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Int J Mol Sci. 2017 Jun 28;18(7). pii: E1381. doi: 10.3390/ijms18071381.

Phytochemicals Targeting Estrogen Receptors: Beneficial Rather Than Adverse Effects?

Author information

1
Institut de Recherche en Santé-Environnement-Travail (IRSET), UMR 1085 Inserm, TREC Team, University of Rennes 1, 35000 Rennes, France. sylvain.lecomte@univ-rennes1.fr.
2
Institut de Recherche en Santé-Environnement-Travail (IRSET), UMR 1085 Inserm, TREC Team, University of Rennes 1, 35000 Rennes, France. florence.demay@univ-rennes1.fr.
3
Institut de Recherche en Santé-Environnement-Travail (IRSET), UMR 1085 Inserm, TREC Team, University of Rennes 1, 35000 Rennes, France. francois.ferriere@univ-rennes1.fr.
4
Institut de Recherche en Santé-Environnement-Travail (IRSET), UMR 1085 Inserm, TREC Team, University of Rennes 1, 35000 Rennes, France. farzad.pakdel@univ-rennes1.fr.

Abstract

In mammals, the effects of estrogen are mainly mediated by two different estrogen receptors, ERα and ERβ. These proteins are members of the nuclear receptor family, characterized by distinct structural and functional domains, and participate in the regulation of different biological processes, including cell growth, survival and differentiation. The two estrogen receptor (ER) subtypes are generated from two distinct genes and have partially distinct expression patterns. Their activities are modulated differently by a range of natural and synthetic ligands. Some of these ligands show agonistic or antagonistic effects depending on ER subtype and are described as selective ER modulators (SERMs). Accordingly, a few phytochemicals, called phytoestrogens, which are synthesized from plants and vegetables, show low estrogenic activity or anti-estrogenic activity with potentially anti-proliferative effects that offer nutraceutical or pharmacological advantages. These compounds may be used as hormonal substitutes or as complements in breast cancer treatments. In this review, we discuss and summarize the in vitro and in vivo effects of certain phytoestrogens and their potential roles in the interaction with estrogen receptors.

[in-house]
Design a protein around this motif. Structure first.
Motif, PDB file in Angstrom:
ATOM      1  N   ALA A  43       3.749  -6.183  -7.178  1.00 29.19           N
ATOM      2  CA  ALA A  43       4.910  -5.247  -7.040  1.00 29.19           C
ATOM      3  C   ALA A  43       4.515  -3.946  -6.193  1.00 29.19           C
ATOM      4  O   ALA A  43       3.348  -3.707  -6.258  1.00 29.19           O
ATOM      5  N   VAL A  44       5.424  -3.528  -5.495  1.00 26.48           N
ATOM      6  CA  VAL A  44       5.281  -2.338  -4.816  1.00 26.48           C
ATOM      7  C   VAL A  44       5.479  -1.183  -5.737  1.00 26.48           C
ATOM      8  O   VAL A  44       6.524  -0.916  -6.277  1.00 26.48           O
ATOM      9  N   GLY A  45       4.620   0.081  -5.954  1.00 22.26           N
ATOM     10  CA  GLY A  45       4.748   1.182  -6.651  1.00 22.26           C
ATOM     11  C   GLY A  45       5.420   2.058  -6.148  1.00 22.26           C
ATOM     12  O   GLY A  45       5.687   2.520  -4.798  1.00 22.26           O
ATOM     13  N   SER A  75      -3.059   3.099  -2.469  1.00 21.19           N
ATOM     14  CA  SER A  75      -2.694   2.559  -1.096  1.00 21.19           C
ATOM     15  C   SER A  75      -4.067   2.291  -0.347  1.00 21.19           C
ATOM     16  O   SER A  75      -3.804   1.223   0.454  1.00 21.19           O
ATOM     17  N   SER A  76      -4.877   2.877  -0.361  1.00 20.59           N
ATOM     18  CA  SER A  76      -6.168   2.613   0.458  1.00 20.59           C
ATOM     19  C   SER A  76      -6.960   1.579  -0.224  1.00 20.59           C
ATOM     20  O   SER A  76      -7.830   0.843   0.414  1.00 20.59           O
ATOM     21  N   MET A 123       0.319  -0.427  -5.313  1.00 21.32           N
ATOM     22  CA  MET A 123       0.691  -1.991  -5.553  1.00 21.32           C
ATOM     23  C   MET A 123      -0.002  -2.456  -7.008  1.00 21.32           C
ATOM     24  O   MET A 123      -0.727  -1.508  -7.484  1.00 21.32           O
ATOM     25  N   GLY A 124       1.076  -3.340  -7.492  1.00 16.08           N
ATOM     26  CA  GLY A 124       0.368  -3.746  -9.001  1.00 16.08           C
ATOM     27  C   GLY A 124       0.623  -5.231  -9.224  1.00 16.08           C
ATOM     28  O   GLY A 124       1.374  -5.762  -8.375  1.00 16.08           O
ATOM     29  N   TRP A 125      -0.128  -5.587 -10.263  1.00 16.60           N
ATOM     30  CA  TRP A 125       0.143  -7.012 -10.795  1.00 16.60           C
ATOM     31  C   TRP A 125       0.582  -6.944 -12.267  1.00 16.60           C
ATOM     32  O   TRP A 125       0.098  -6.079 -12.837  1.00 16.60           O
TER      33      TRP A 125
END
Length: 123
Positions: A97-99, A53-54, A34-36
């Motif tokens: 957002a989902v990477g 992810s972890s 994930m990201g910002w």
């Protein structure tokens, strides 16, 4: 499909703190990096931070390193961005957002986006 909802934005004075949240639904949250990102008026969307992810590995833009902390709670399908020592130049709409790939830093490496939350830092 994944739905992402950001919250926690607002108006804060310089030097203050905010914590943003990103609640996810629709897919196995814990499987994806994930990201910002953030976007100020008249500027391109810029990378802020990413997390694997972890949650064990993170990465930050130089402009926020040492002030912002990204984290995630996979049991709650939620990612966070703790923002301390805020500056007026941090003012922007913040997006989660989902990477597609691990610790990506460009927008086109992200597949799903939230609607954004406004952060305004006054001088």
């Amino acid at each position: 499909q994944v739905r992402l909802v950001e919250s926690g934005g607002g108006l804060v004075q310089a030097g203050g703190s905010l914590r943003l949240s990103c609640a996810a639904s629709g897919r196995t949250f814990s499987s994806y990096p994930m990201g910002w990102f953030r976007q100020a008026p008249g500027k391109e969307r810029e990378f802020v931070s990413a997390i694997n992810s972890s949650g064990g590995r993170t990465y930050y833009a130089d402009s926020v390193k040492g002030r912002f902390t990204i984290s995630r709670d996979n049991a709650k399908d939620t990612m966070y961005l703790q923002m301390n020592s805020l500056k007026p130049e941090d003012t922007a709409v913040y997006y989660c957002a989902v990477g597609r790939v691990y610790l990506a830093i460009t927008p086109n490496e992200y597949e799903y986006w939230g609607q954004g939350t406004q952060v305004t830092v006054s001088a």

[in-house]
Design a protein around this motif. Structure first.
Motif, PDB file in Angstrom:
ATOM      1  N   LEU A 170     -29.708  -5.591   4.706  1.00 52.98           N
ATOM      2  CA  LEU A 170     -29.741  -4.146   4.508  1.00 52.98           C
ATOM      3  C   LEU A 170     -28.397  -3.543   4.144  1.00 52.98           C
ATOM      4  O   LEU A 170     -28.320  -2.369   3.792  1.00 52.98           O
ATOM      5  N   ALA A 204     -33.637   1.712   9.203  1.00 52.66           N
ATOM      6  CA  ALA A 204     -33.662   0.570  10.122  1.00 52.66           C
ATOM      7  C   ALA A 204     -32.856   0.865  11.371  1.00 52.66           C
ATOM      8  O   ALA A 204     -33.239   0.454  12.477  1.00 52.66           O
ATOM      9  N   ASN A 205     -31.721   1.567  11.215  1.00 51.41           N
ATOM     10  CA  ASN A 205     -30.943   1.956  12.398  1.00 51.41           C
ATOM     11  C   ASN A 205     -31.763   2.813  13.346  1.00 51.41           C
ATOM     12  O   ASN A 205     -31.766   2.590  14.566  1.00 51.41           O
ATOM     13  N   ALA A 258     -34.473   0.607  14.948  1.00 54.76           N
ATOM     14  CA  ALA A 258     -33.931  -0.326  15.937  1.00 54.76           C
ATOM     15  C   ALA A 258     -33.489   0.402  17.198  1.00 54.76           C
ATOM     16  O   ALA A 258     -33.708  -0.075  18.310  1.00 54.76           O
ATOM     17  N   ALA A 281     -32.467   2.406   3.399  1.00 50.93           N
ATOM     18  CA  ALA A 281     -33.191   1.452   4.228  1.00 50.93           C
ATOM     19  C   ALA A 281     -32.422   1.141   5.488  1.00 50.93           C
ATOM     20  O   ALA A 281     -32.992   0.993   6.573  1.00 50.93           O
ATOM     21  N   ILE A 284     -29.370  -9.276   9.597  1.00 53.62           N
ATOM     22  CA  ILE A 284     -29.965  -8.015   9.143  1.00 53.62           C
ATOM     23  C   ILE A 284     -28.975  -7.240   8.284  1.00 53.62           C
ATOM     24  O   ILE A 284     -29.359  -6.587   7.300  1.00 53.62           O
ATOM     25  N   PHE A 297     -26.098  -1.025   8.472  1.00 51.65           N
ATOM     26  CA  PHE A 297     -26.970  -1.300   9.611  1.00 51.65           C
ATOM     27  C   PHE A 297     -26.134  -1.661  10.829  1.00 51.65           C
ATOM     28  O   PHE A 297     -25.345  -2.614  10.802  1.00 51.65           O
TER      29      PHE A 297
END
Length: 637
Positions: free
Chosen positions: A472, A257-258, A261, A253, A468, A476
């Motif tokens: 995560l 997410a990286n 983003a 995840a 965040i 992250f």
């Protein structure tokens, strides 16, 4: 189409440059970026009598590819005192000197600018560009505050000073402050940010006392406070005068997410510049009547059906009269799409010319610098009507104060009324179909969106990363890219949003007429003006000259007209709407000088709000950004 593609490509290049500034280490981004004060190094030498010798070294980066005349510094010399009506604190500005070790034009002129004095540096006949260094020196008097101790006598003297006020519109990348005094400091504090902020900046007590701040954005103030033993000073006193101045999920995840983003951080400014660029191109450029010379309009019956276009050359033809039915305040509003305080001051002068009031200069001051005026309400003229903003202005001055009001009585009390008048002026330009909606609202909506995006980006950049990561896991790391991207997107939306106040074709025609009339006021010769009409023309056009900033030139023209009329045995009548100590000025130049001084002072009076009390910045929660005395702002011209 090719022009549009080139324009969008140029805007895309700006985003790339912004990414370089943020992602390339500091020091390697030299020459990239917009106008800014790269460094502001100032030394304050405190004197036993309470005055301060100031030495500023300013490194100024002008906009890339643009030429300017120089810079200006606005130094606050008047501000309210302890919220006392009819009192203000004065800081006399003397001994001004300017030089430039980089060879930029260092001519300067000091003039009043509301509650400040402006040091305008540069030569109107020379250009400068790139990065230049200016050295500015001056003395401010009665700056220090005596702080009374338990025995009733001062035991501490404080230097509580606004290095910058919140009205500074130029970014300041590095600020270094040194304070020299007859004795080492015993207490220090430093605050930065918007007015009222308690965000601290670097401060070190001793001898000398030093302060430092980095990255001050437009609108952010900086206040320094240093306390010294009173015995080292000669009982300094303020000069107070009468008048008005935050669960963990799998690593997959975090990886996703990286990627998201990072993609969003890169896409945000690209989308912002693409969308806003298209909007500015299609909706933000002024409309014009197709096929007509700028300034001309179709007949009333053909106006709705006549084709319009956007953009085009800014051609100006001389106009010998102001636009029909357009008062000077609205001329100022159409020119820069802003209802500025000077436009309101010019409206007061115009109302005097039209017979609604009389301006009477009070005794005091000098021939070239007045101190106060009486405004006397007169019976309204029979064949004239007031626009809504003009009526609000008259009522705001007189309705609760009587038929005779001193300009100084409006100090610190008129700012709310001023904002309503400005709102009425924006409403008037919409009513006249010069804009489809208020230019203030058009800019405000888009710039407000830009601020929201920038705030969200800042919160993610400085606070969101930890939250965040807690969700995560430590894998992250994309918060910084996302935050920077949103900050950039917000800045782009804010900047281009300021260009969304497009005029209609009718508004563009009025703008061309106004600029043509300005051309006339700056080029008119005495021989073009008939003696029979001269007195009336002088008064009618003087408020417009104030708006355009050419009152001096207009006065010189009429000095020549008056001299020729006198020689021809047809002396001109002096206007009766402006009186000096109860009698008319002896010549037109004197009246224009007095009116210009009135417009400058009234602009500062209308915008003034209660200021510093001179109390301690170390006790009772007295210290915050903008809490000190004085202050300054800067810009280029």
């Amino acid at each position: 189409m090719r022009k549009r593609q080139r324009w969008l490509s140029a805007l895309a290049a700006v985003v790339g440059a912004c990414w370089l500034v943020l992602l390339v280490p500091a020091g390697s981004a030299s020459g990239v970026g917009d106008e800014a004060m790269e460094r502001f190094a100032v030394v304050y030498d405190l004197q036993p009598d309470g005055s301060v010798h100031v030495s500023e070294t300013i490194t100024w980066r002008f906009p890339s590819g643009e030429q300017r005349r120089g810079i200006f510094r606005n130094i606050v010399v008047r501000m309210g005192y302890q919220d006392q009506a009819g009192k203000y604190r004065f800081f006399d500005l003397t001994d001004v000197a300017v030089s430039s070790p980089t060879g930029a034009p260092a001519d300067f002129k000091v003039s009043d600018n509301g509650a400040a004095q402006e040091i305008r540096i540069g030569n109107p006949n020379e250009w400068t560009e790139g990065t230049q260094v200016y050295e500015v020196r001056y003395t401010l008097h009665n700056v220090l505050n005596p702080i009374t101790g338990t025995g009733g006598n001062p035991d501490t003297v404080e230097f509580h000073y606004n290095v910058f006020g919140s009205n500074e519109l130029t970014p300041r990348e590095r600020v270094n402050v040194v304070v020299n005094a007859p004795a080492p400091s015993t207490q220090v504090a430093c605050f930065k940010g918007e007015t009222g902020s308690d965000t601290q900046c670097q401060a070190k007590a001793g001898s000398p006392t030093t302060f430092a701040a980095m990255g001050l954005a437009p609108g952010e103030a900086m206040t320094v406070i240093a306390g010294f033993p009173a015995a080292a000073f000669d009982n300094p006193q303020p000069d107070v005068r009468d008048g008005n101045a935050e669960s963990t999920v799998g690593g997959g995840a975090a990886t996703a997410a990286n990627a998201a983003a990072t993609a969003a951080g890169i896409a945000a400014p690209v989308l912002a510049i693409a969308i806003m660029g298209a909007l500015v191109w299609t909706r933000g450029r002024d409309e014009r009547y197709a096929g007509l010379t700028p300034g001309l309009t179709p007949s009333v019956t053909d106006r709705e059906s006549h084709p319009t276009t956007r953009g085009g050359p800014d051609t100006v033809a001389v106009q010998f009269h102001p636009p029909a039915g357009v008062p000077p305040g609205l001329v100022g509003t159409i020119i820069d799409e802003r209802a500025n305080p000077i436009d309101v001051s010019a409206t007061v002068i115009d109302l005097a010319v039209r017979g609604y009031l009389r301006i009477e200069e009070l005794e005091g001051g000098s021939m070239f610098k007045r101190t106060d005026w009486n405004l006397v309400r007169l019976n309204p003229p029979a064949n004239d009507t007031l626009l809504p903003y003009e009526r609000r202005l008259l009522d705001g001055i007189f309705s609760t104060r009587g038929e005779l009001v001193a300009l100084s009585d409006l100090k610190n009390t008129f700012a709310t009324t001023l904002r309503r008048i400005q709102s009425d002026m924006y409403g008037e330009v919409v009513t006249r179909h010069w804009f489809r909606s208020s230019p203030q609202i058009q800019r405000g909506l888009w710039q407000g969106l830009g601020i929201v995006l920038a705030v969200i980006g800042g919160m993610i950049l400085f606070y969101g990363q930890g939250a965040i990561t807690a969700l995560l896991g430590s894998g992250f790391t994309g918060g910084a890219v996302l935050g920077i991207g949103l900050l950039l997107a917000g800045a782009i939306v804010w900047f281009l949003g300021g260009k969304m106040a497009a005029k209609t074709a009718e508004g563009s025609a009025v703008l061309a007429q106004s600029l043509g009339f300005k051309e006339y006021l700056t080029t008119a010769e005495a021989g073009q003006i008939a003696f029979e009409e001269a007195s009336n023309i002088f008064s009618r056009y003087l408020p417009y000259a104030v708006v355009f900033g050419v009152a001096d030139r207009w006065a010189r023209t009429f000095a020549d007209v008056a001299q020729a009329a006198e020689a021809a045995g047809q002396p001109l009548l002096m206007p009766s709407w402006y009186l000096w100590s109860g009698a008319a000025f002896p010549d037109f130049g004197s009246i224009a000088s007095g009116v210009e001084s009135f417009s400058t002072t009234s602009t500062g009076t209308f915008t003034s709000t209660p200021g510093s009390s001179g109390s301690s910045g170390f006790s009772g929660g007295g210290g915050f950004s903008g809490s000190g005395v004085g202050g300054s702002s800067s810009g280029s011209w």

KEYWORDS:

cancer; cell signaling; epigenetic regulation; estrogen receptor; ligand; selective estrogen receptor modulators; transcription; xenoestrogens

PMID:
28657580
PMCID:
PMC5535874
DOI:
10.3390/ijms18071381
[Indexed for MEDLINE]
Free PMC Article

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